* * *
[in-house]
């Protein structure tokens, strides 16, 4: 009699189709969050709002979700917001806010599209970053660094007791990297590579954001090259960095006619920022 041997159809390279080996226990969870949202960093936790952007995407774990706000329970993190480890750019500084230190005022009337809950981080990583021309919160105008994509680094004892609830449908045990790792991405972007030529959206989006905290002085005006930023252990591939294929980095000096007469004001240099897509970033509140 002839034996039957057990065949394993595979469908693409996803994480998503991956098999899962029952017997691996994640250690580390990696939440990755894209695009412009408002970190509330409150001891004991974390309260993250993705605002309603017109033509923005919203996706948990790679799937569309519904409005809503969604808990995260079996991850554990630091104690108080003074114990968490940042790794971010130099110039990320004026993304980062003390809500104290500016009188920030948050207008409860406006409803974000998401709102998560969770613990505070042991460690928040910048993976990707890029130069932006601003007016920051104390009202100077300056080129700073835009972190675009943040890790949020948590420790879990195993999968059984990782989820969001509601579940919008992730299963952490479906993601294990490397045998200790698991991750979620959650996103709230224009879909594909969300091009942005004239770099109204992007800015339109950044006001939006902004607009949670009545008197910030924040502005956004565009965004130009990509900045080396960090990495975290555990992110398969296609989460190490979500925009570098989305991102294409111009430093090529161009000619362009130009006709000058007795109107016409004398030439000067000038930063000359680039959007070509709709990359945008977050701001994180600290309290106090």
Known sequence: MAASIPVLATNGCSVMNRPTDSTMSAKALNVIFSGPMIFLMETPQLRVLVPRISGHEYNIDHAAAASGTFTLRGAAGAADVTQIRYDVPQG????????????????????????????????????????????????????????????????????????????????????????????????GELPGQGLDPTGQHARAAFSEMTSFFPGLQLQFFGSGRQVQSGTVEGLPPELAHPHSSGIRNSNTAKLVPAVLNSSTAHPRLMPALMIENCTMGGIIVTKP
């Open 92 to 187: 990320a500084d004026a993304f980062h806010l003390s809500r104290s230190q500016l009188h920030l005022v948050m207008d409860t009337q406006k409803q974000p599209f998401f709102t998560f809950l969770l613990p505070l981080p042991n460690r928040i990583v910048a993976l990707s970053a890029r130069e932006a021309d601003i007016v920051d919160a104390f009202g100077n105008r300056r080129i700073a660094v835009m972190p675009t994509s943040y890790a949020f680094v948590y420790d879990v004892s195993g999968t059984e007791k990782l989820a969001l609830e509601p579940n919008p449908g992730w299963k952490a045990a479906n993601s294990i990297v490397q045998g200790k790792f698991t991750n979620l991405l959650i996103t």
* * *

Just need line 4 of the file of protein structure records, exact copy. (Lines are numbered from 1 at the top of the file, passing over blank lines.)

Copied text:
């Open 92 to 187: 990320a500084d004026a993304f980062h806010l003390s809500r104290s230190q500016l009188h920030l005022v948050m207008d409860t009337q406006k409803q974000p599209f998401f709102t998560f809950l969770l613990p505070l981080p042991n460690r928040i990583v910048a993976l990707s970053a890029r130069e932006a021309d601003i007016v920051d919160a104390f009202g100077n105008r300056r080129i700073a660094v835009m972190p675009t994509s943040y890790a949020f680094v948590y420790d879990v004892s195993g999968t059984e007791k990782l989820a969001l609830e509601p579940n919008p449908g992730w299963k952490a045990a479906n993601s294990i990297v490397q045998g200790k790792f698991t991750n979620l991405l959650i996103t």